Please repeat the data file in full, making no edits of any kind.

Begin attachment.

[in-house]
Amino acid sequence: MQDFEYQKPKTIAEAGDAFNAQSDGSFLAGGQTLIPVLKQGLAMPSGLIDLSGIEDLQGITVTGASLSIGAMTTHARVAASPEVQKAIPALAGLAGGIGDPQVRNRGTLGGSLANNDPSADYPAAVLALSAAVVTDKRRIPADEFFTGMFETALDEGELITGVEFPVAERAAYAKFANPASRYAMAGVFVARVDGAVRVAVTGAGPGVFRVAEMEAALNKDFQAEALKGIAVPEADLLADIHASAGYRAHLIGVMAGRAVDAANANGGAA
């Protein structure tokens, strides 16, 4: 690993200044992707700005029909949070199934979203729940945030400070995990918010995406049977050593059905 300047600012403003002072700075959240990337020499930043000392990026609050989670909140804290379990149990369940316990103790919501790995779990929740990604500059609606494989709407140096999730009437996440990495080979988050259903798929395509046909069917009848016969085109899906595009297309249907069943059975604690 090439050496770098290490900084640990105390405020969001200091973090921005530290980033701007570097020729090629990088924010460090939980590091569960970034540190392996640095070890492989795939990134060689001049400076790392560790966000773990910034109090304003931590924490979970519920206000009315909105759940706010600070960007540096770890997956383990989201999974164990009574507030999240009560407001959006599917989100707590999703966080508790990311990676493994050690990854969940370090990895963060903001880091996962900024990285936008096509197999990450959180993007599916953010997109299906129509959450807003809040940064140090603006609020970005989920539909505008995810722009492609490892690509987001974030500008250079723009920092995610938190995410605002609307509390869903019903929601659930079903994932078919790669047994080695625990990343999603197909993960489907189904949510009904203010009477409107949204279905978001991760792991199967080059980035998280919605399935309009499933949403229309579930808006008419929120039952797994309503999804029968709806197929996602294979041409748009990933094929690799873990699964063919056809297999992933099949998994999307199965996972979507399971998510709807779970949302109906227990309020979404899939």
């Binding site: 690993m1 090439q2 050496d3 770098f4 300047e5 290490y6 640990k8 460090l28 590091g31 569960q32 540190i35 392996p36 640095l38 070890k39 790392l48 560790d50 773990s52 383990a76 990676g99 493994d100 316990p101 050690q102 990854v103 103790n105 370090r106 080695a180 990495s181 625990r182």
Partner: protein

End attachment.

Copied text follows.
[in-house]
Amino acid sequence: MQDFEYQKPKTIAEAGDAFNAQSDGSFLAGGQTLIPVLKQGLAMPSGLIDLSGIEDLQGITVTGASLSIGAMTTHARVAASPEVQKAIPALAGLAGGIGDPQVRNRGTLGGSLANNDPSADYPAAVLALSAAVVTDKRRIPADEFFTGMFETALDEGELITGVEFPVAERAAYAKFANPASRYAMAGVFVARVDGAVRVAVTGAGPGVFRVAEMEAALNKDFQAEALKGIAVPEADLLADIHASAGYRAHLIGVMAGRAVDAANANGGAA
């Protein structure tokens, strides 16, 4: 690993200044992707700005029909949070199934979203729940945030400070995990918010995406049977050593059905 300047600012403003002072700075959240990337020499930043000392990026609050989670909140804290379990149990369940316990103790919501790995779990929740990604500059609606494989709407140096999730009437996440990495080979988050259903798929395509046909069917009848016969085109899906595009297309249907069943059975604690 090439050496770098290490900084640990105390405020969001200091973090921005530290980033701007570097020729090629990088924010460090939980590091569960970034540190392996640095070890492989795939990134060689001049400076790392560790966000773990910034109090304003931590924490979970519920206000009315909105759940706010600070960007540096770890997956383990989201999974164990009574507030999240009560407001959006599917989100707590999703966080508790990311990676493994050690990854969940370090990895963060903001880091996962900024990285936008096509197999990450959180993007599916953010997109299906129509959450807003809040940064140090603006609020970005989920539909505008995810722009492609490892690509987001974030500008250079723009920092995610938190995410605002609307509390869903019903929601659930079903994932078919790669047994080695625990990343999603197909993960489907189904949510009904203010009477409107949204279905978001991760792991199967080059980035998280919605399935309009499933949403229309579930808006008419929120039952797994309503999804029968709806197929996602294979041409748009990933094929690799873990699964063919056809297999992933099949998994999307199965996972979507399971998510709807779970949302109906227990309020979404899939």
């Binding site: 690993m1 090439q2 050496d3 770098f4 300047e5 290490y6 640990k8 460090l28 590091g31 569960q32 540190i35 392996p36 640095l38 070890k39 790392l48 560790d50 773990s52 383990a76 990676g99 493994d100 316990p101 050690q102 990854v103 103790n105 370090r106 080695a180 990495s181 625990r182």
Partner: protein